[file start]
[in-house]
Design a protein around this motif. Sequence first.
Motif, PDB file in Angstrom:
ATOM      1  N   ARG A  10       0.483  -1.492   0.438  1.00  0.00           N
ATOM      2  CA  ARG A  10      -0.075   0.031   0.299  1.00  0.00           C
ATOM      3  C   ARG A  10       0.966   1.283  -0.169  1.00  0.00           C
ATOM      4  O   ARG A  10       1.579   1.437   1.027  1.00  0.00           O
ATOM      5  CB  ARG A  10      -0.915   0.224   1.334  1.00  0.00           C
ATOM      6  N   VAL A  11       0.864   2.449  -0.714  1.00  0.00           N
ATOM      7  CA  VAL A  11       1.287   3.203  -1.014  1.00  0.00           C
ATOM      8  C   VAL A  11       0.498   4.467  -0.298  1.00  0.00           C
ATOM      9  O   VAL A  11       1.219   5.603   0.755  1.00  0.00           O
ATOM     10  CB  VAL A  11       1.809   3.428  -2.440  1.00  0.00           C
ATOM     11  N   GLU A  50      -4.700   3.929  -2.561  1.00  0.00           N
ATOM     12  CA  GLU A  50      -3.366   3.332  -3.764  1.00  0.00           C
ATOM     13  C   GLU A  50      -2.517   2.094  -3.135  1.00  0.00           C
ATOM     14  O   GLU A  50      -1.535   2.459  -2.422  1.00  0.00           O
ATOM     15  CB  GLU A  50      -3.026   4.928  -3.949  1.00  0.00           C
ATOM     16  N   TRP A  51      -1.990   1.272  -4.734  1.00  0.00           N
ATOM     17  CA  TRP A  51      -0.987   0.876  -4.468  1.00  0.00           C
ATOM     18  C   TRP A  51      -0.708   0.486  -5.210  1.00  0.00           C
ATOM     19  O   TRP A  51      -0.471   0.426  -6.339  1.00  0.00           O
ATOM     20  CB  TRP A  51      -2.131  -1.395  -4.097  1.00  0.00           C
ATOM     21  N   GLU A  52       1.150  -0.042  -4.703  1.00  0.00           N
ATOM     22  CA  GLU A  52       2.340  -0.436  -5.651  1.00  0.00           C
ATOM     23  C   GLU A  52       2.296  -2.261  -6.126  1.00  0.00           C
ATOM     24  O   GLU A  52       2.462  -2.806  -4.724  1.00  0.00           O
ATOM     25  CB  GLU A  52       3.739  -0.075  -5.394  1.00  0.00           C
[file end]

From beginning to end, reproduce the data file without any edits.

[in-house]
Design a protein around this motif. Sequence first.
Motif, PDB file in Angstrom:
ATOM      1  N   ARG A  10       0.483  -1.492   0.438  1.00  0.00           N
ATOM      2  CA  ARG A  10      -0.075   0.031   0.299  1.00  0.00           C
ATOM      3  C   ARG A  10       0.966   1.283  -0.169  1.00  0.00           C
ATOM      4  O   ARG A  10       1.579   1.437   1.027  1.00  0.00           O
ATOM      5  CB  ARG A  10      -0.915   0.224   1.334  1.00  0.00           C
ATOM      6  N   VAL A  11       0.864   2.449  -0.714  1.00  0.00           N
ATOM      7  CA  VAL A  11       1.287   3.203  -1.014  1.00  0.00           C
ATOM      8  C   VAL A  11       0.498   4.467  -0.298  1.00  0.00           C
ATOM      9  O   VAL A  11       1.219   5.603   0.755  1.00  0.00           O
ATOM     10  CB  VAL A  11       1.809   3.428  -2.440  1.00  0.00           C
ATOM     11  N   GLU A  50      -4.700   3.929  -2.561  1.00  0.00           N
ATOM     12  CA  GLU A  50      -3.366   3.332  -3.764  1.00  0.00           C
ATOM     13  C   GLU A  50      -2.517   2.094  -3.135  1.00  0.00           C
ATOM     14  O   GLU A  50      -1.535   2.459  -2.422  1.00  0.00           O
ATOM     15  CB  GLU A  50      -3.026   4.928  -3.949  1.00  0.00           C
ATOM     16  N   TRP A  51      -1.990   1.272  -4.734  1.00  0.00           N
ATOM     17  CA  TRP A  51      -0.987   0.876  -4.468  1.00  0.00           C
ATOM     18  C   TRP A  51      -0.708   0.486  -5.210  1.00  0.00           C
ATOM     19  O   TRP A  51      -0.471   0.426  -6.339  1.00  0.00           O
ATOM     20  CB  TRP A  51      -2.131  -1.395  -4.097  1.00  0.00           C
ATOM     21  N   GLU A  52       1.150  -0.042  -4.703  1.00  0.00           N
ATOM     22  CA  GLU A  52       2.340  -0.436  -5.651  1.00  0.00           C
ATOM     23  C   GLU A  52       2.296  -2.261  -6.126  1.00  0.00           C
ATOM     24  O   GLU A  52       2.462  -2.806  -4.724  1.00  0.00           O
ATOM     25  CB  GLU A  52       3.739  -0.075  -5.394  1.00  0.00           C